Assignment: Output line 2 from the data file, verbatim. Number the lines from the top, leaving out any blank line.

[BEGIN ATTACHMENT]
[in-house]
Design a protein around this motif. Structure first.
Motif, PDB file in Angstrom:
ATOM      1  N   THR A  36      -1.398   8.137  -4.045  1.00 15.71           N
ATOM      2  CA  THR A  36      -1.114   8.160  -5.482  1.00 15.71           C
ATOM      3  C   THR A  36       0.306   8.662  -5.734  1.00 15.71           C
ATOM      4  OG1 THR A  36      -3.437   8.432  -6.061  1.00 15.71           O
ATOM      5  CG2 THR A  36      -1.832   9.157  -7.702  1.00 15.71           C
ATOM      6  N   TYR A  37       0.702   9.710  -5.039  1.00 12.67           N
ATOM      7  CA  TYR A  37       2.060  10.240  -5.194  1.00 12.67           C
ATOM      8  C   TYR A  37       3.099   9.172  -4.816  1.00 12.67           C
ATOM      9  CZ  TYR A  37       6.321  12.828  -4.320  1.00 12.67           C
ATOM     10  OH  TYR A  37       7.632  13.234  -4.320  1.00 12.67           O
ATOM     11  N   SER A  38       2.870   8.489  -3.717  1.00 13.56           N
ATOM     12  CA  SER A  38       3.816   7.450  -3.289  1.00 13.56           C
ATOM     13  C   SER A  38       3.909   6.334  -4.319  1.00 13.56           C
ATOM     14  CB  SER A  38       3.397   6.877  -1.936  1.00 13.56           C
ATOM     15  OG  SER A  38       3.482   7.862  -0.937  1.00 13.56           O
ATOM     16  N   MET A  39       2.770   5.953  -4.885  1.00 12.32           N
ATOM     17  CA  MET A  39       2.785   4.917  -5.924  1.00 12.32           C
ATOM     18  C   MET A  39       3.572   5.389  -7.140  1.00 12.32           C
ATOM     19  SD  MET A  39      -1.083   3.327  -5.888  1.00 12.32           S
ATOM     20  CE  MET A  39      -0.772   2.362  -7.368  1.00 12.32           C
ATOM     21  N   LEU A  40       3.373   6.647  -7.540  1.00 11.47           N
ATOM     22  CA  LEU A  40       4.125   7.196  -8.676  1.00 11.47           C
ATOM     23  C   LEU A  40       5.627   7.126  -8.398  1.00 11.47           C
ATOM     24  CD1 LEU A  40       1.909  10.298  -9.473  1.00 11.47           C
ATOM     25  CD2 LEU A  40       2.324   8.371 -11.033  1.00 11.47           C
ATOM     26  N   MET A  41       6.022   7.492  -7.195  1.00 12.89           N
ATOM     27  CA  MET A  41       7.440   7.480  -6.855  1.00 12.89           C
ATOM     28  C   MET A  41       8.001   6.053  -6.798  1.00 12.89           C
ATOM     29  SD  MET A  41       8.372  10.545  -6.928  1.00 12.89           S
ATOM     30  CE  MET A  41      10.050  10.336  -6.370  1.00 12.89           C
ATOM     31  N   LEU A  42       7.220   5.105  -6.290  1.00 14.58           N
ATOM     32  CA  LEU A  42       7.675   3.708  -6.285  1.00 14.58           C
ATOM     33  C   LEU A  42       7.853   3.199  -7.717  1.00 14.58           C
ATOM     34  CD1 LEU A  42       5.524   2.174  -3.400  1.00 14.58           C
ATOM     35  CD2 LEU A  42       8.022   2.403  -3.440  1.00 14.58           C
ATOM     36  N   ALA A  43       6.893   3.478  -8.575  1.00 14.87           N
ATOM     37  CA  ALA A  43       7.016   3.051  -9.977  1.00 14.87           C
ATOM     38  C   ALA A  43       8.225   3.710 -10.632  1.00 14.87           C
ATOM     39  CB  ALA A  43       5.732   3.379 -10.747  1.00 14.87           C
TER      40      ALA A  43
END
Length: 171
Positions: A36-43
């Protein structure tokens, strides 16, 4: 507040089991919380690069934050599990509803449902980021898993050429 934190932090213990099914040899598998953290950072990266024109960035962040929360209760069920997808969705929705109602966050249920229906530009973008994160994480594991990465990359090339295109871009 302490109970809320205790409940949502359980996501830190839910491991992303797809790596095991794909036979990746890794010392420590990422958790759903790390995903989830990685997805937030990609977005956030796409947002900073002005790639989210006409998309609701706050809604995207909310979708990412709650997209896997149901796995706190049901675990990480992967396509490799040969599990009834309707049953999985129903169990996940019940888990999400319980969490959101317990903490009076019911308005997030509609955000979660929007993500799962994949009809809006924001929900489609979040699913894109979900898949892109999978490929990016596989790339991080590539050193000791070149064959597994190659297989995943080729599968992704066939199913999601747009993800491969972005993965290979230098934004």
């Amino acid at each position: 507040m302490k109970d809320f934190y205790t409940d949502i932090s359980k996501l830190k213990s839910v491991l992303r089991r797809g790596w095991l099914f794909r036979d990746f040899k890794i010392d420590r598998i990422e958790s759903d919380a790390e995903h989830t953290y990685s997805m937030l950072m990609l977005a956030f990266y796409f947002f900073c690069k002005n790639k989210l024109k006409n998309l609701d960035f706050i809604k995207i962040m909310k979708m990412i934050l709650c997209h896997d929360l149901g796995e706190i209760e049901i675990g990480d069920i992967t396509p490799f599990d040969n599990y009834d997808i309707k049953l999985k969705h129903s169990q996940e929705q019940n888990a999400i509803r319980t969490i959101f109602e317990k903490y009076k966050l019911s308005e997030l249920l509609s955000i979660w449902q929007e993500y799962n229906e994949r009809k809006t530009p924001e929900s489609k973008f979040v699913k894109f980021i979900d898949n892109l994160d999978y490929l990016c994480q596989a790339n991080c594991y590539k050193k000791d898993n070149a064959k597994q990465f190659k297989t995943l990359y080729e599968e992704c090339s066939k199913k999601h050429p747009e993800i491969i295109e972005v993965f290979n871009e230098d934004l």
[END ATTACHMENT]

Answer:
Design a protein around this motif. Structure first.